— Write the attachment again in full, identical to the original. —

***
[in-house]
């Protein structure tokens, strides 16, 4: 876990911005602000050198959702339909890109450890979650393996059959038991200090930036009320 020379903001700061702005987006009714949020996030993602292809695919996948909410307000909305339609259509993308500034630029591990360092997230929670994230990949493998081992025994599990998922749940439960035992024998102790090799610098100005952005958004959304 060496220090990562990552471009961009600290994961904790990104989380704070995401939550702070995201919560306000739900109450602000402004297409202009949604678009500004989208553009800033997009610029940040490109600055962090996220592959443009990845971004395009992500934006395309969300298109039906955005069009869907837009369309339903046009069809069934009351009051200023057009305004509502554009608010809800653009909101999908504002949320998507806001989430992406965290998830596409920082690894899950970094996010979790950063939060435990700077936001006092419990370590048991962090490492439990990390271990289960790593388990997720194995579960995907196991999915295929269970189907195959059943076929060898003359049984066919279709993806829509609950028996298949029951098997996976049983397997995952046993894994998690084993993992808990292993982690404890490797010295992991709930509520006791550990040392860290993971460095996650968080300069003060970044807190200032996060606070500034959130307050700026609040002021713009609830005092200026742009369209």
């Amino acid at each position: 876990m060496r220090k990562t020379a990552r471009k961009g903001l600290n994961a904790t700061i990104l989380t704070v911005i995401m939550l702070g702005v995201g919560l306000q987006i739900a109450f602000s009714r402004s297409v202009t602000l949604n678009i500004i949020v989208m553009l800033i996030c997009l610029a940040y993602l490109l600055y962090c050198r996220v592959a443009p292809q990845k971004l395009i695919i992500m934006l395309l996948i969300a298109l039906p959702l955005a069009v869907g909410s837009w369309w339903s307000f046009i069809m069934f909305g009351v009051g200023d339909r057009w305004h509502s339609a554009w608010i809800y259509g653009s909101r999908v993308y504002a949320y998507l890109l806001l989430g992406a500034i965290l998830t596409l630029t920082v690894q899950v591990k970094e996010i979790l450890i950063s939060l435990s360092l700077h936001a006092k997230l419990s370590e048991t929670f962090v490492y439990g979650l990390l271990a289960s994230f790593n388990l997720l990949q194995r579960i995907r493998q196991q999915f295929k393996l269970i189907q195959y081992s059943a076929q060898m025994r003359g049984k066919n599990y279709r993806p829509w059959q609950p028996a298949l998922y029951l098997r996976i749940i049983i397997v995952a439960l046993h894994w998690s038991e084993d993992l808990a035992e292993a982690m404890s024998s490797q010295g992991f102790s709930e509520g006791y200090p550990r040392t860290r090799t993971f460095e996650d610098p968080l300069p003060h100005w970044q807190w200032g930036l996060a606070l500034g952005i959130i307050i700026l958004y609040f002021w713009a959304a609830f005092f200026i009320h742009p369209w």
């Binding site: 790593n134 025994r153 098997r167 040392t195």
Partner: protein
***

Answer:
[in-house]
């Protein structure tokens, strides 16, 4: 876990911005602000050198959702339909890109450890979650393996059959038991200090930036009320 020379903001700061702005987006009714949020996030993602292809695919996948909410307000909305339609259509993308500034630029591990360092997230929670994230990949493998081992025994599990998922749940439960035992024998102790090799610098100005952005958004959304 060496220090990562990552471009961009600290994961904790990104989380704070995401939550702070995201919560306000739900109450602000402004297409202009949604678009500004989208553009800033997009610029940040490109600055962090996220592959443009990845971004395009992500934006395309969300298109039906955005069009869907837009369309339903046009069809069934009351009051200023057009305004509502554009608010809800653009909101999908504002949320998507806001989430992406965290998830596409920082690894899950970094996010979790950063939060435990700077936001006092419990370590048991962090490492439990990390271990289960790593388990997720194995579960995907196991999915295929269970189907195959059943076929060898003359049984066919279709993806829509609950028996298949029951098997996976049983397997995952046993894994998690084993993992808990292993982690404890490797010295992991709930509520006791550990040392860290993971460095996650968080300069003060970044807190200032996060606070500034959130307050700026609040002021713009609830005092200026742009369209």
């Amino acid at each position: 876990m060496r220090k990562t020379a990552r471009k961009g903001l600290n994961a904790t700061i990104l989380t704070v911005i995401m939550l702070g702005v995201g919560l306000q987006i739900a109450f602000s009714r402004s297409v202009t602000l949604n678009i500004i949020v989208m553009l800033i996030c997009l610029a940040y993602l490109l600055y962090c050198r996220v592959a443009p292809q990845k971004l395009i695919i992500m934006l395309l996948i969300a298109l039906p959702l955005a069009v869907g909410s837009w369309w339903s307000f046009i069809m069934f909305g009351v009051g200023d339909r057009w305004h509502s339609a554009w608010i809800y259509g653009s909101r999908v993308y504002a949320y998507l890109l806001l989430g992406a500034i965290l998830t596409l630029t920082v690894q899950v591990k970094e996010i979790l450890i950063s939060l435990s360092l700077h936001a006092k997230l419990s370590e048991t929670f962090v490492y439990g979650l990390l271990a289960s994230f790593n388990l997720l990949q194995r579960i995907r493998q196991q999915f295929k393996l269970i189907q195959y081992s059943a076929q060898m025994r003359g049984k066919n599990y279709r993806p829509w059959q609950p028996a298949l998922y029951l098997r996976i749940i049983i397997v995952a439960l046993h894994w998690s038991e084993d993992l808990a035992e292993a982690m404890s024998s490797q010295g992991f102790s709930e509520g006791y200090p550990r040392t860290r090799t993971f460095e996650d610098p968080l300069p003060h100005w970044q807190w200032g930036l996060a606070l500034g952005i959130i307050i700026l958004y609040f002021w713009a959304a609830f005092f200026i009320h742009p369209w």
């Binding site: 790593n134 025994r153 098997r167 040392t195």
Partner: protein